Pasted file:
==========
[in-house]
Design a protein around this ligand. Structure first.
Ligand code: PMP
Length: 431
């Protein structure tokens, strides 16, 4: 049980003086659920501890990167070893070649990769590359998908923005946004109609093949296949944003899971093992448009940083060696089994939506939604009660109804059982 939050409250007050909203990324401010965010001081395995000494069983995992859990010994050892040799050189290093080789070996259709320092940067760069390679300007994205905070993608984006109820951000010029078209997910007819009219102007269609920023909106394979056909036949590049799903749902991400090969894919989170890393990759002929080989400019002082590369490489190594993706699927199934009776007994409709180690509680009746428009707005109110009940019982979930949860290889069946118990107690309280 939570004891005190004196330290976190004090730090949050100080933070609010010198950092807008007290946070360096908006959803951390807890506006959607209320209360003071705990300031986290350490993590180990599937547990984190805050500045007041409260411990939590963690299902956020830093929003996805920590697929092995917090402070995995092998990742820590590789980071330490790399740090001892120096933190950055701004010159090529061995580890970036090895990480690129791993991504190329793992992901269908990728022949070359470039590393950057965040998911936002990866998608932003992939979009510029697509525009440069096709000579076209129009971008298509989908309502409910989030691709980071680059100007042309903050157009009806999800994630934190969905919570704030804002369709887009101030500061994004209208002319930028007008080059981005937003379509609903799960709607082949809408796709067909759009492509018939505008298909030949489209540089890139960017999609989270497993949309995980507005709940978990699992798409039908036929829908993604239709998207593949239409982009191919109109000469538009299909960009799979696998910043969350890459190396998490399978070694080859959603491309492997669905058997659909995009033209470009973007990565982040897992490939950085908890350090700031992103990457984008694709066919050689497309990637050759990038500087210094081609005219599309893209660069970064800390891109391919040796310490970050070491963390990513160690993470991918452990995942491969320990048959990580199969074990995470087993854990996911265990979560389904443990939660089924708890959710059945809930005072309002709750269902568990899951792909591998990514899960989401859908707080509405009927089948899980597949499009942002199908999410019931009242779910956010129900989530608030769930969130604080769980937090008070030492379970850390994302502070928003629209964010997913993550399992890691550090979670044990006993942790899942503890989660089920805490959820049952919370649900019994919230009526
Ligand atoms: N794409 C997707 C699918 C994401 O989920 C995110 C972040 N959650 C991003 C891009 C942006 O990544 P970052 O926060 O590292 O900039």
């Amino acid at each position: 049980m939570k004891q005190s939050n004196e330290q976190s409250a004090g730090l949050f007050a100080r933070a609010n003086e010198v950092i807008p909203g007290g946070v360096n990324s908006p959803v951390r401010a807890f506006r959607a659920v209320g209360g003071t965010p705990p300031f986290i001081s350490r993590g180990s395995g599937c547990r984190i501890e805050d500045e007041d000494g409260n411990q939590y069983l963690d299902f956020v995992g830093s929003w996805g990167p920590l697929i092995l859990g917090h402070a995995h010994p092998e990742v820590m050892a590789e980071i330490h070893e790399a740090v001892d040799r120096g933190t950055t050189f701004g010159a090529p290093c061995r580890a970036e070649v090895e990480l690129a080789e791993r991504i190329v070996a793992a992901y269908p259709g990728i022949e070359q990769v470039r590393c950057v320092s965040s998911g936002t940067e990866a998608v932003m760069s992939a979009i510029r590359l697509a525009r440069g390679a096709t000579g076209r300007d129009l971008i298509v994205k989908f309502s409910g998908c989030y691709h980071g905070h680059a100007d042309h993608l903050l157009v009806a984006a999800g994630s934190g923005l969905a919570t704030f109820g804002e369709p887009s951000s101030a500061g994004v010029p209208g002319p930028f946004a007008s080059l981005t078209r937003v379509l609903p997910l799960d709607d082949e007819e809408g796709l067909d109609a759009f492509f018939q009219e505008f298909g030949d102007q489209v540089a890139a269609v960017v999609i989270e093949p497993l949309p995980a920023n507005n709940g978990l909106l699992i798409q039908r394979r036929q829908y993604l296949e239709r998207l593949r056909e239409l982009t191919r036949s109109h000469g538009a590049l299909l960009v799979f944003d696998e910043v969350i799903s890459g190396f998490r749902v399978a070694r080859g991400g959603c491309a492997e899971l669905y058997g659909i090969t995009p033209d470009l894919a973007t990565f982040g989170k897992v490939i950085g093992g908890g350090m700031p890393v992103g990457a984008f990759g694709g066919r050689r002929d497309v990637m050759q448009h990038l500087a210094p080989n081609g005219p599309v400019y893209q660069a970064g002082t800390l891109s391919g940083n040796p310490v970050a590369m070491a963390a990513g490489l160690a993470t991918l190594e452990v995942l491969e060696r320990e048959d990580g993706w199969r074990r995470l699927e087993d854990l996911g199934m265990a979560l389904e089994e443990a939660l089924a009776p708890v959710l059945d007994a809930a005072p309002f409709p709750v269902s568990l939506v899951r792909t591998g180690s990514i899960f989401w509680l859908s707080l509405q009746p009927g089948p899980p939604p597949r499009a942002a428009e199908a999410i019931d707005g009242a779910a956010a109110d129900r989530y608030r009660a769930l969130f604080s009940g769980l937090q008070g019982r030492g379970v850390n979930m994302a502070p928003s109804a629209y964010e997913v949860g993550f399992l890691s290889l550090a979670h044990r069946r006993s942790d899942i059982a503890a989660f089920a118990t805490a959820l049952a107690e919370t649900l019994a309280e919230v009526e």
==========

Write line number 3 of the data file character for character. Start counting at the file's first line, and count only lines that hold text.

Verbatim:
Ligand code: PMP